Now while I do so hate to get terribly business like about our lives at home, when it comes to housekeeping, what constitutes "Work" falls into two very distinct categories: the needful and the unnecessary. The needful includes all that which requires white vinegar, mops, dusters, and domestic machinery and the unnecessary, while still scrumptiously needful in it's own way, accounts for all that we do as Vintage Housekeepers: the puttery treats and the flower arranging, in short all that no-one else notices but that we, hedonistic Domestic Goddesses that we are, could barely live without.
So what I am suggesting is this: that in order to mark out the needful from the unnecessary in our minds, so that we can fully indulge the pleasure principle when we finally come to kicking back and doing the pretty, we should indeed take the Flyladies lead and take ourselves out on a creative excursion of the shoe-shopping kind.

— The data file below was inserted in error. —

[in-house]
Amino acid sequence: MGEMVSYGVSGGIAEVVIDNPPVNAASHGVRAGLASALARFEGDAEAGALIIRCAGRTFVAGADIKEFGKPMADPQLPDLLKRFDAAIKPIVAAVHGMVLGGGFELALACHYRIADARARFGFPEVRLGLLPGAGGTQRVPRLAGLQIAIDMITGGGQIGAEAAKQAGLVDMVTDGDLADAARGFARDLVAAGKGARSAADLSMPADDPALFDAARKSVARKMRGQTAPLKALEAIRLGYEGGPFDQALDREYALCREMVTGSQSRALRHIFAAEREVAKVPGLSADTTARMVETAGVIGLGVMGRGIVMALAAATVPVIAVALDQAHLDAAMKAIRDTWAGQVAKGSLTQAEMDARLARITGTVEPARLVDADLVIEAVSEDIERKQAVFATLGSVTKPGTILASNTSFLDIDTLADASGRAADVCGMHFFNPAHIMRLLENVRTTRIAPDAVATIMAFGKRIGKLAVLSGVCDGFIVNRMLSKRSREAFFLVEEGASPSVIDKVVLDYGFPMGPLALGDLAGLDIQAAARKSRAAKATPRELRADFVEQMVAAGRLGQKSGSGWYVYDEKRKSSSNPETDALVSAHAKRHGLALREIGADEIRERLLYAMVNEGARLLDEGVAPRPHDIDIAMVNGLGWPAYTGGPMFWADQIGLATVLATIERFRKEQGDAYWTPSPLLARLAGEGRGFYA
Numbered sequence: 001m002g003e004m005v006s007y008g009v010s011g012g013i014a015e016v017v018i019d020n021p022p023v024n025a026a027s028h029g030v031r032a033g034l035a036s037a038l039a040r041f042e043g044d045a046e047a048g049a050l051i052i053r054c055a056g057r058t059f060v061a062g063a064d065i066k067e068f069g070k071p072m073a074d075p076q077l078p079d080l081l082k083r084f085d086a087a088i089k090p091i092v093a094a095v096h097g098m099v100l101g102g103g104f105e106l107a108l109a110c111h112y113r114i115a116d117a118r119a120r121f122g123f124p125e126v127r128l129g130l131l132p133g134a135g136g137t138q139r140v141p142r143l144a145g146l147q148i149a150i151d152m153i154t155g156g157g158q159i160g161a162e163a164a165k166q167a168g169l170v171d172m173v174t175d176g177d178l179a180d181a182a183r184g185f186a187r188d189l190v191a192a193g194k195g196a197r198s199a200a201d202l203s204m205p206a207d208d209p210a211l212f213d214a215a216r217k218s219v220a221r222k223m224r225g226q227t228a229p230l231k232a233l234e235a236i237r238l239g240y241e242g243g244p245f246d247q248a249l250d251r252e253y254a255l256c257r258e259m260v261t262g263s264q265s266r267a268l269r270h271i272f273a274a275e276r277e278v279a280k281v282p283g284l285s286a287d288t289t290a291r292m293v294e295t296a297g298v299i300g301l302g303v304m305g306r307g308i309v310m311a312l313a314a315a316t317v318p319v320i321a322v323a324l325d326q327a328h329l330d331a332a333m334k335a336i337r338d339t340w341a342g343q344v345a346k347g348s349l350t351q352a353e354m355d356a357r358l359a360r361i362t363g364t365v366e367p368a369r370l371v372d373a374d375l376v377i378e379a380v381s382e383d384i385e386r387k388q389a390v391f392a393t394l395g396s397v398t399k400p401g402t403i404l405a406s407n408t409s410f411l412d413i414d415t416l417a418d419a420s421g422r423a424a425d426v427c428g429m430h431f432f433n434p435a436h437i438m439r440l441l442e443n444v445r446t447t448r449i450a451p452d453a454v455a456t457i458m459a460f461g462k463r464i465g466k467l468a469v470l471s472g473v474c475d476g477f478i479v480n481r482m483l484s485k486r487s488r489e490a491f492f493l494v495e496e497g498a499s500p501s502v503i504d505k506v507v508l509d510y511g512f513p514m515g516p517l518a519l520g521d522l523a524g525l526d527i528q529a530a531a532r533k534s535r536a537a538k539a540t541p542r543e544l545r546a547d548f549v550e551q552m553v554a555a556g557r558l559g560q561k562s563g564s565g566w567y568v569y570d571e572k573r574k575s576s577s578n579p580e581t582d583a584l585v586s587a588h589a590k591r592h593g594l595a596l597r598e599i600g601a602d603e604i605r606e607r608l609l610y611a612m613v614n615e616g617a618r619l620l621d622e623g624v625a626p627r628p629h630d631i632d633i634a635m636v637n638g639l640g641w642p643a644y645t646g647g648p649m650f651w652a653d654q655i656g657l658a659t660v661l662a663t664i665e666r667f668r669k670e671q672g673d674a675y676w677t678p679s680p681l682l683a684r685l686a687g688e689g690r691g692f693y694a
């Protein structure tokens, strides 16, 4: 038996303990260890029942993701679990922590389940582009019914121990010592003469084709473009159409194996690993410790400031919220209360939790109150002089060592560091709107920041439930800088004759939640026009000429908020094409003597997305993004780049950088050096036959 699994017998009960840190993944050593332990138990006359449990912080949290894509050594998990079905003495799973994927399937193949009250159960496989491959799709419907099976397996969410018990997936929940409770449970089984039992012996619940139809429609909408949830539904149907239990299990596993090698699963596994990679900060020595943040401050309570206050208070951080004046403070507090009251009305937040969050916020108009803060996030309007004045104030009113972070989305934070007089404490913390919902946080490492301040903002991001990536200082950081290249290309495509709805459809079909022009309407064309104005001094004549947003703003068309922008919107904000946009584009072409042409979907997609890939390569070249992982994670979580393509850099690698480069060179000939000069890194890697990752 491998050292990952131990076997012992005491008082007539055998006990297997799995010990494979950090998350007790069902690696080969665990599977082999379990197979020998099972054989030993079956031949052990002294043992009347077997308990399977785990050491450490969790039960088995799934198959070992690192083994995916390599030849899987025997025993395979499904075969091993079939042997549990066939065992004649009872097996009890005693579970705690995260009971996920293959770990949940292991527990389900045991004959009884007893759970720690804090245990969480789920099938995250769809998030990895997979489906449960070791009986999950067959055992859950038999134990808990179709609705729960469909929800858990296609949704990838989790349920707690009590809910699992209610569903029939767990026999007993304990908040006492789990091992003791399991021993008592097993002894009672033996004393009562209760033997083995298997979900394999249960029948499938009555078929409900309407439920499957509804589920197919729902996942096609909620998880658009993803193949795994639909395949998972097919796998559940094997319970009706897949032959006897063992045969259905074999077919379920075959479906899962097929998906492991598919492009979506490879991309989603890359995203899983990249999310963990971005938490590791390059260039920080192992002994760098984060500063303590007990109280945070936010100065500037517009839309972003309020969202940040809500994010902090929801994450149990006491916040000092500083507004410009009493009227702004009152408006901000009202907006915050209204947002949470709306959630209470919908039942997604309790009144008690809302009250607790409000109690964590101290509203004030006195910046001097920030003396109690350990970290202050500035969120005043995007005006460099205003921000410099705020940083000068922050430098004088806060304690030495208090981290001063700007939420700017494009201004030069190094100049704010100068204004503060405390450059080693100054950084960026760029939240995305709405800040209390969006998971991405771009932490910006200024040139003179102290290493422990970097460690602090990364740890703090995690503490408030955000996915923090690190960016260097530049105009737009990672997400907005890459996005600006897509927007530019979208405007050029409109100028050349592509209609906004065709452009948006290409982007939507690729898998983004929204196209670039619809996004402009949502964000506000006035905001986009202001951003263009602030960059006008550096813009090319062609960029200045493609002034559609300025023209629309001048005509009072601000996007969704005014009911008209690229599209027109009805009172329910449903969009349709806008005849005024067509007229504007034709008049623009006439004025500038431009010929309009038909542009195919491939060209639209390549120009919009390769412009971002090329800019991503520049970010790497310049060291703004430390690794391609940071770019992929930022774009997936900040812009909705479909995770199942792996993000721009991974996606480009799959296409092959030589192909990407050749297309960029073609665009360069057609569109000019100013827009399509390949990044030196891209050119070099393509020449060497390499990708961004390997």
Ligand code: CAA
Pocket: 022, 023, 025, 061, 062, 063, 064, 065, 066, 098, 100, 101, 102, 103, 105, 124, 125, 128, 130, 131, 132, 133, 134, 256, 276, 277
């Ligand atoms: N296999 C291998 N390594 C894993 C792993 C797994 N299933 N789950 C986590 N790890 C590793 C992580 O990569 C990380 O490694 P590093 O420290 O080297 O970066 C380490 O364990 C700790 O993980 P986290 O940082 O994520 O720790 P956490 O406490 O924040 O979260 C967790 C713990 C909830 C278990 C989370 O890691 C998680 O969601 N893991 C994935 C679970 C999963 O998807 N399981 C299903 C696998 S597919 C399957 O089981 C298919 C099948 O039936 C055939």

What you choose to wear to keep house is up to you. The Flylady really rather insists that one's housekeeping shoes must be of the laced up variety, but I think that there is room for manoevre here and I for one favour the plastic gardening clog of the kind most often found to be found in fancy gardening stores, because they are both lightweight and fully enclosed, and even better than that, can be wiped should one get a little kamikaze with a bowl full of rose scented soap suds!
What won't do, I do not think, is anything of the flip-floppy variety or indeed anything that could be passed off as a slipper. Slippers you see send all the wrong signals to the alert brain, as does the kind of shoe one could flimsy along the beach in.